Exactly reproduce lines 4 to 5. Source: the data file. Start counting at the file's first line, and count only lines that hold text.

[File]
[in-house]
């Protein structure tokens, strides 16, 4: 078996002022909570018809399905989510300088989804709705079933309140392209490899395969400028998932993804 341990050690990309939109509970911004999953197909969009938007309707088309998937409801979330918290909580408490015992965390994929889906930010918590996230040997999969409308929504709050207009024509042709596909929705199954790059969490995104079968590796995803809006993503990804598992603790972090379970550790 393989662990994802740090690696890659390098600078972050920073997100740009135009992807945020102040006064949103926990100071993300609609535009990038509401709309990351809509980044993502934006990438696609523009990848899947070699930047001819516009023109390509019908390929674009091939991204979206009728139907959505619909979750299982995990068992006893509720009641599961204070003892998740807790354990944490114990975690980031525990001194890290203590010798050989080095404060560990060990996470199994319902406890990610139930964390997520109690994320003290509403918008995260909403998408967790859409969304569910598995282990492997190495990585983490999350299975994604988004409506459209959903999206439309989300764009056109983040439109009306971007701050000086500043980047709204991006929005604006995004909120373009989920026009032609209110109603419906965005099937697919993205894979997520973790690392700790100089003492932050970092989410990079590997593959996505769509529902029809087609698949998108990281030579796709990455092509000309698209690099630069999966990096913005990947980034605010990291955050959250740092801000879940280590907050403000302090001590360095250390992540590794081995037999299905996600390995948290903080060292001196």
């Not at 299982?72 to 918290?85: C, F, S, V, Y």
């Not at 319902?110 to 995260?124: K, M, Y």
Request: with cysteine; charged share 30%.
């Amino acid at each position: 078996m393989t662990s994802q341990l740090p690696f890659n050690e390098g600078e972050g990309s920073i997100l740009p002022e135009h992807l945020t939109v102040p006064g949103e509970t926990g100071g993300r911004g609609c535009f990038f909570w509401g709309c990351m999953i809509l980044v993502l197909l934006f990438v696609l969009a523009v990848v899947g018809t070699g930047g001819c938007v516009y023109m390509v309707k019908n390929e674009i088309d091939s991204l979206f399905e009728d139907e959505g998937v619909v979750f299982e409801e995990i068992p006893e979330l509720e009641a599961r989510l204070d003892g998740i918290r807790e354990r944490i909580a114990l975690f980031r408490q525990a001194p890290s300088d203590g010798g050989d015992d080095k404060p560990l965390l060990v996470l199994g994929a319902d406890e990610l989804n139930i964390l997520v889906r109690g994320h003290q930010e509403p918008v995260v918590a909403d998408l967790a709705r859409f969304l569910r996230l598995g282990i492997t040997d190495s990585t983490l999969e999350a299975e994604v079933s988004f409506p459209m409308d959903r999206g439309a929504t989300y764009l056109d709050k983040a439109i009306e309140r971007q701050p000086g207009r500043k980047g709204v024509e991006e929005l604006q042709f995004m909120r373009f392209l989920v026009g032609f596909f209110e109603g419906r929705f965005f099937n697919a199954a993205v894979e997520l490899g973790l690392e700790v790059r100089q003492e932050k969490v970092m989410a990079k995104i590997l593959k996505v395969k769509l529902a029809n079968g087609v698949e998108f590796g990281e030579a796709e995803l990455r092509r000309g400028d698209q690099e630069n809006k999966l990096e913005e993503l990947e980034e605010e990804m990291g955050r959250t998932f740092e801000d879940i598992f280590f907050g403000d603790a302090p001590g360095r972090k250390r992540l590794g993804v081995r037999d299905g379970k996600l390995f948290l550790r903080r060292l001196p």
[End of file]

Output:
């Not at 319902?110 to 995260?124: K, M, Y």
Request: with cysteine; charged share 30%.